The number of digital and non-personal contacts that the pharmaceutical industry now has with physicians exceeded its number of sales rep visits to doctor offices, according to the spring 2016 AccessMonitor™ and AffinityMonitor™ reports from global sales and marketing firm ZS.
According to AccessMonitor™, the number of “rep-accessible” physicians – that is, the number of physicians who meet with more than 70 percent of sales reps who attempt to meet with them — dropped to 44 percent from 46 percent in 2015. As sales rep access to physicians continues to decline, ZS found through a related study — AffinityMonitor™ — that more than half (53 percent) of marketing outreach to physicians now takes place through “non-personal” promotion, such as email and mobile alerts, as well as direct mail and speaker programs.
ZS notes the remainder of marketing to physicians (47 percent) still takes place through in-person interactions with sales reps.
“Over the past five years, we’ve seen a steady decline in sales rep access to physicians,” said Malcolm Sturgis, an associate principal at ZS who led the study. “While non-personal communications provide an opportunity to reach those ‘tough-to-see’ prescribers, blindly inundating health care providers with digital communications isn’t the best solution. Today’s physician estimates that he already spends 84 hours per year — about two full work weeks — interacting with pharmacos via digital and other non-personal marketing channels.”
While marketing executives and doctors notice the increase in non-personal communications, pharmacos’ finance teams have not seen a significant difference in spending. As pharmacos continue to allocate most (88 percent) of their total sales and marketing budget to the sales force ($12 billion), non-personal communications – including digital – comprise 53 percent of marketing outreach. Physicians, however, feel like it’s more. They estimate that 62 percent of the time they spend interacting with pharmacos is through non-personal channels. If pharmacos continue to increase investment in less expensive digital communications without considering customer preferences, physicians may feel overwhelmed and eventually ignore them.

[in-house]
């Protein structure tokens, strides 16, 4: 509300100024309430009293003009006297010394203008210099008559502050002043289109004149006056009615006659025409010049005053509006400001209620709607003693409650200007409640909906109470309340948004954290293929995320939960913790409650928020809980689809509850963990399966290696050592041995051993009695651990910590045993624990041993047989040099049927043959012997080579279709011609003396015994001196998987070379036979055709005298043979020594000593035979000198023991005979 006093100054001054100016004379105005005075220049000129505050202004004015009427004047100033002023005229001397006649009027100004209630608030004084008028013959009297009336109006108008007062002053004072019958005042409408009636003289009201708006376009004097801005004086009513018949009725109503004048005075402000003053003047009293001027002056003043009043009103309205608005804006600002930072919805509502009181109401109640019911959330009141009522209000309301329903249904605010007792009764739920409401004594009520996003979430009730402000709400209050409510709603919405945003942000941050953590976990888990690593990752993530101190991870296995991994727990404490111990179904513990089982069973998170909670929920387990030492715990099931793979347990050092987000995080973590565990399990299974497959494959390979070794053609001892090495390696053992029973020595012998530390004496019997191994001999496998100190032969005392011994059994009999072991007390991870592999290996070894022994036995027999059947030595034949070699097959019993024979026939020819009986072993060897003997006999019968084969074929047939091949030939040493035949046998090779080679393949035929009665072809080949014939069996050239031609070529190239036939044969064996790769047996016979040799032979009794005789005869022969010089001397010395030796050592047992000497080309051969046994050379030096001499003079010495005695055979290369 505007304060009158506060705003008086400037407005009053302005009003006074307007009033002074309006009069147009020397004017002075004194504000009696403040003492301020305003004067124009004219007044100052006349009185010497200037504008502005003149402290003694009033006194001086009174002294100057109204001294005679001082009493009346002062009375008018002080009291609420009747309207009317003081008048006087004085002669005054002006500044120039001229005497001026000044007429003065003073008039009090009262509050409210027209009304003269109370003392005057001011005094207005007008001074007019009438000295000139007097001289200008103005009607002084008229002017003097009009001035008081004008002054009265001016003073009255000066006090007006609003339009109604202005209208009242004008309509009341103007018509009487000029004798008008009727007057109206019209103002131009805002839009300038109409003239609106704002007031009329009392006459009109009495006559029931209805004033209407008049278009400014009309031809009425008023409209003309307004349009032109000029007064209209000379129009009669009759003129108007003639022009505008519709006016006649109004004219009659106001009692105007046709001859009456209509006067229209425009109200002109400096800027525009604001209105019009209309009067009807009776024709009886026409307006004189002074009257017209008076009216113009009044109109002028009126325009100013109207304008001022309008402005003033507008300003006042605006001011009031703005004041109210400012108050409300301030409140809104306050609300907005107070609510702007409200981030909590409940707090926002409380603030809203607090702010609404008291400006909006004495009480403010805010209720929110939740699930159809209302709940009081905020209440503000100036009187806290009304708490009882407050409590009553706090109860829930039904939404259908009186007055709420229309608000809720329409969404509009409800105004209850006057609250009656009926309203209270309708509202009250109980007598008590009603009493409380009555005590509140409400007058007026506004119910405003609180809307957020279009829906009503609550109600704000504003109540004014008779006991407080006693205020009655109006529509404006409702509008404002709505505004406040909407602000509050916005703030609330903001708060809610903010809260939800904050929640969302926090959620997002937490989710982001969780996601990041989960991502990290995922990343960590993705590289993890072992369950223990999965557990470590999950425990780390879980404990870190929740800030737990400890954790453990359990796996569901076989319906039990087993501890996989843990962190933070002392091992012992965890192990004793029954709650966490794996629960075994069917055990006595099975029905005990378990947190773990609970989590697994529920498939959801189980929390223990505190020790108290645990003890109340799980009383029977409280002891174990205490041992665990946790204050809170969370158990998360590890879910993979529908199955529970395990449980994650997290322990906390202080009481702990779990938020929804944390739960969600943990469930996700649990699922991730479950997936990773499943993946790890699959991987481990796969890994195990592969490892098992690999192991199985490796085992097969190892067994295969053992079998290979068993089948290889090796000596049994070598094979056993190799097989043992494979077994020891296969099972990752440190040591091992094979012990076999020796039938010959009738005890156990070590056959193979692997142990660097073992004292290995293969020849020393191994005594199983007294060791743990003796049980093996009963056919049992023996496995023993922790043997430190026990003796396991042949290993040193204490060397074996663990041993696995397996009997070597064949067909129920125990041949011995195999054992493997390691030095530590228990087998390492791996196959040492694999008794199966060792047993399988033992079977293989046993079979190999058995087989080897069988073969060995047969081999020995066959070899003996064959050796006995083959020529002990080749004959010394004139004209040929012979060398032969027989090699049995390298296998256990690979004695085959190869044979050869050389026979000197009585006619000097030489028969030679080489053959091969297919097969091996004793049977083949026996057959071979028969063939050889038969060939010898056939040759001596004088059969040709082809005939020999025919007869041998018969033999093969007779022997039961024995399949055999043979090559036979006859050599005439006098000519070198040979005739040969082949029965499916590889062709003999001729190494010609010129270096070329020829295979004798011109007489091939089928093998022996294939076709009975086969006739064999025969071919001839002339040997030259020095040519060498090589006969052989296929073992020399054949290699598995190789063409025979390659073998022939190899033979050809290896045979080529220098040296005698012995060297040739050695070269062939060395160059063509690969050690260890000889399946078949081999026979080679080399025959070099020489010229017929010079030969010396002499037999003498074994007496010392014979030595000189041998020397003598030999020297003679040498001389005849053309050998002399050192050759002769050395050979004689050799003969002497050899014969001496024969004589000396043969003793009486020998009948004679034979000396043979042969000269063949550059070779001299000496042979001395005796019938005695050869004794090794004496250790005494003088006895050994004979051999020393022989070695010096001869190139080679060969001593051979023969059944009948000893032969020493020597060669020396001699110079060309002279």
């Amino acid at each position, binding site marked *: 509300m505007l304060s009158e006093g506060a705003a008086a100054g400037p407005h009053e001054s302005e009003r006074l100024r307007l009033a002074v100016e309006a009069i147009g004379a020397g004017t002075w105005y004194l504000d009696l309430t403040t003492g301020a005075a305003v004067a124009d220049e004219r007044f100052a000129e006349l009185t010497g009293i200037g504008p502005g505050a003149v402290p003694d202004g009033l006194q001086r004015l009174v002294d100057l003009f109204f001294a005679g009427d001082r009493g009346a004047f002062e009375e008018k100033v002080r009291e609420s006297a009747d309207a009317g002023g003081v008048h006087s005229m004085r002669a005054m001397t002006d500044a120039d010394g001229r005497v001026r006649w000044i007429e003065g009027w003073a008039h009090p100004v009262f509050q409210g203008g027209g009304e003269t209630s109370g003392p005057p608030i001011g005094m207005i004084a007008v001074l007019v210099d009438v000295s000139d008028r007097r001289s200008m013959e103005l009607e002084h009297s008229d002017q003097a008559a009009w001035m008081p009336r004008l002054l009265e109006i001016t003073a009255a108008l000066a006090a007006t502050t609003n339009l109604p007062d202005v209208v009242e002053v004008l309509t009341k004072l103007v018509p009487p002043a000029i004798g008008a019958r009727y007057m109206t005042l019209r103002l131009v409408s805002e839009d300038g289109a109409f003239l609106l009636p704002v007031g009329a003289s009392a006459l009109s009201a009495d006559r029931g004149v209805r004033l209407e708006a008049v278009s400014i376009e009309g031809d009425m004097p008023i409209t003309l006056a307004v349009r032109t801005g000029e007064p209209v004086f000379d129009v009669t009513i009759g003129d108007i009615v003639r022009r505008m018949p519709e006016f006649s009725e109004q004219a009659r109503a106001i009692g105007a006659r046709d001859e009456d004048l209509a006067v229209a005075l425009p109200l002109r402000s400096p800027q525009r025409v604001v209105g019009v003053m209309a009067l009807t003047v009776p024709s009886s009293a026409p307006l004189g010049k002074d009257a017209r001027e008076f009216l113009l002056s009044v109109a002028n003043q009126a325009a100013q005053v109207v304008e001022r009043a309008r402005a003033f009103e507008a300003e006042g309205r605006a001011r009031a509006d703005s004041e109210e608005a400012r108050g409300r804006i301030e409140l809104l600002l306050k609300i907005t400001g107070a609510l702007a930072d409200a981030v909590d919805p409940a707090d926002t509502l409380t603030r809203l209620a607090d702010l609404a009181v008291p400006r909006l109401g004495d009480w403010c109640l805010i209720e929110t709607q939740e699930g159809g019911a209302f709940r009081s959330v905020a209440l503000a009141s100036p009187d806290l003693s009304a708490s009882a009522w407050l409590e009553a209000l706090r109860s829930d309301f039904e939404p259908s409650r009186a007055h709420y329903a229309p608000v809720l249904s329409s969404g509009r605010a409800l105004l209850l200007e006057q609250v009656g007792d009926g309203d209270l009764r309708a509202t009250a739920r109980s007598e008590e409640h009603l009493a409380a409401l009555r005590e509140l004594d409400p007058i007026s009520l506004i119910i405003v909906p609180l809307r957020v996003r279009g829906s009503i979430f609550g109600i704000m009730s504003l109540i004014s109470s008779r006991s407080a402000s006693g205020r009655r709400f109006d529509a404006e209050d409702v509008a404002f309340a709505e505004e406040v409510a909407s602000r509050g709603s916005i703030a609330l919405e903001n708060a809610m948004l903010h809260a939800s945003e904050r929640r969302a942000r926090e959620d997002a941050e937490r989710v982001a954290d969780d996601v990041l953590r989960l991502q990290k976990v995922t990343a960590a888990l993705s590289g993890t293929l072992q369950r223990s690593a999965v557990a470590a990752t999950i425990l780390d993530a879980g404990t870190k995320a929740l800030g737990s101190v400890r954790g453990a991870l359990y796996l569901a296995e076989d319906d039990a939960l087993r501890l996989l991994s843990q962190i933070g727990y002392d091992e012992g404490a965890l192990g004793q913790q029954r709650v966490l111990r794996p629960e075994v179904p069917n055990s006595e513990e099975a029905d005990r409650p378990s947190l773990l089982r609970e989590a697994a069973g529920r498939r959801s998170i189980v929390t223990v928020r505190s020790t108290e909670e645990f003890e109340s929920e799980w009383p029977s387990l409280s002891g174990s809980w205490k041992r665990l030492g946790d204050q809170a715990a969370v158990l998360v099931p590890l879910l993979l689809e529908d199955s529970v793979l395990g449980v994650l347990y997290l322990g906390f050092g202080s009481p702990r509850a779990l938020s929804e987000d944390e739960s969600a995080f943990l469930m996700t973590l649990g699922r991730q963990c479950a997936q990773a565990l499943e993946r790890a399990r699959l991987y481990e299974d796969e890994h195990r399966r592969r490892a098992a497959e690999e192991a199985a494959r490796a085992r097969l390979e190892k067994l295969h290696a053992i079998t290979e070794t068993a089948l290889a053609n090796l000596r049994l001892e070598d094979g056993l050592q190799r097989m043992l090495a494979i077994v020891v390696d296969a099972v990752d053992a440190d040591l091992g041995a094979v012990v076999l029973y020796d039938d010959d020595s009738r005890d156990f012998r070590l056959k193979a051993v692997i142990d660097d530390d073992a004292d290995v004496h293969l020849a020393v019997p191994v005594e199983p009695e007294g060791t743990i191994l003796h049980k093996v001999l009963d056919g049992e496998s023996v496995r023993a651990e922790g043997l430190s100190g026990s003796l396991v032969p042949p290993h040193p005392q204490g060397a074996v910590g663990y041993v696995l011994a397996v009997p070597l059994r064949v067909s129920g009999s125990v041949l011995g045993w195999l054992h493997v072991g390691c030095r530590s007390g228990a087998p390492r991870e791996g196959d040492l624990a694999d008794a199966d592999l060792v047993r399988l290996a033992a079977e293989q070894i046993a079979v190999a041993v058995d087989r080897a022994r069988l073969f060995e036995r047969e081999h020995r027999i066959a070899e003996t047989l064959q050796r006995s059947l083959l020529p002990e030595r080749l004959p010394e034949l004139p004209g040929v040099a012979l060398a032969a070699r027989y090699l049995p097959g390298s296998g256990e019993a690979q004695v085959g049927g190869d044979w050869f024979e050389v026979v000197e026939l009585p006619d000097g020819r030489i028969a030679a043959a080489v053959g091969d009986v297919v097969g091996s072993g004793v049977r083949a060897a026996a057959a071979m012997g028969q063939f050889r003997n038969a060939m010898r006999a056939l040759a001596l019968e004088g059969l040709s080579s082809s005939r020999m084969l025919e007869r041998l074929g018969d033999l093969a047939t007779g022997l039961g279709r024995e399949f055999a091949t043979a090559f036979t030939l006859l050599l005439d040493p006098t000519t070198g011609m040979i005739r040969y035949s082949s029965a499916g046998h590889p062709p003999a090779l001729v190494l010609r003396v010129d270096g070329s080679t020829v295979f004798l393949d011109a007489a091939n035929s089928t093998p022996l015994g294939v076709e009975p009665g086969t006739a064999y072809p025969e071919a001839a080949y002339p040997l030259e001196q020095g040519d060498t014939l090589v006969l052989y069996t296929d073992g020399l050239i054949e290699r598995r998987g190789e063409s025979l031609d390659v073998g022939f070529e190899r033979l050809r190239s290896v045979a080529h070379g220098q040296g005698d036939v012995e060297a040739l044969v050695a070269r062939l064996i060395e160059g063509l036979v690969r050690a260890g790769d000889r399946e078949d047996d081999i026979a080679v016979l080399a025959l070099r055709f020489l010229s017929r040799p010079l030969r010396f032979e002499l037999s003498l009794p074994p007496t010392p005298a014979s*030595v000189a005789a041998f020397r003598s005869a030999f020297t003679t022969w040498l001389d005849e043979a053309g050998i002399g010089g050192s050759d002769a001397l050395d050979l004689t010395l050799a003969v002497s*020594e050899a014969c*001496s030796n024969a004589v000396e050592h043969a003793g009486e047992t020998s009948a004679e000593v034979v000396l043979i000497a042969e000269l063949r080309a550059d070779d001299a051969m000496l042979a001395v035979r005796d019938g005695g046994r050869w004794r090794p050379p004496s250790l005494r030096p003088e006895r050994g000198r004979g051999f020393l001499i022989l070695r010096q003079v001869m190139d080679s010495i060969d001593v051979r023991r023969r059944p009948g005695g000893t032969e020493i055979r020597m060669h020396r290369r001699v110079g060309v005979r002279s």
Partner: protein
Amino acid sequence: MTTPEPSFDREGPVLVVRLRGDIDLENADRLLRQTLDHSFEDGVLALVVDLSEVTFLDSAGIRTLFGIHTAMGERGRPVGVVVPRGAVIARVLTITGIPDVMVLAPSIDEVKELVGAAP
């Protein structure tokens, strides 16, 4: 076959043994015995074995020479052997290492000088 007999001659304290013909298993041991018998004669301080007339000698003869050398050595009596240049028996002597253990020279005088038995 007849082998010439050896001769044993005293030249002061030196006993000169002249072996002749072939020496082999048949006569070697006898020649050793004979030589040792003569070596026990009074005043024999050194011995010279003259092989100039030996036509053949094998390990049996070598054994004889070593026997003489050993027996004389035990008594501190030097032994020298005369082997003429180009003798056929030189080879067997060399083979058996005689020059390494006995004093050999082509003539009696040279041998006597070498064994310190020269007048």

Based on actual physician behavior (versus physician-stated preferences), ZS’s AffinityMonitor™ examines how 681,000 health care providers actually engage with pharmaceutical and biotech manufacturers across promotional channels. The firm’s AccessMonitor™ study analyzes data from more than 40,000 pharmaceutical sales reps to examine how frequently individual physicians meet with sales reps. Of the prescribers that ZS assessed, AccessMonitor™ found:
- 44 percent of physicians are “accessible” (that is, they met with more than 70 percent of sales reps who try to meet with them). By comparison, in 2008, nearly 80 percent of physicians met with most reps;
- 38 percent of physicians restricted access (that is, they met with 31 to 70 percent of reps who try to meet with them); and
- 18 percent of physicians “severely” restricted access (that is, they meet with 30 percent or fewer reps who try to meet with them).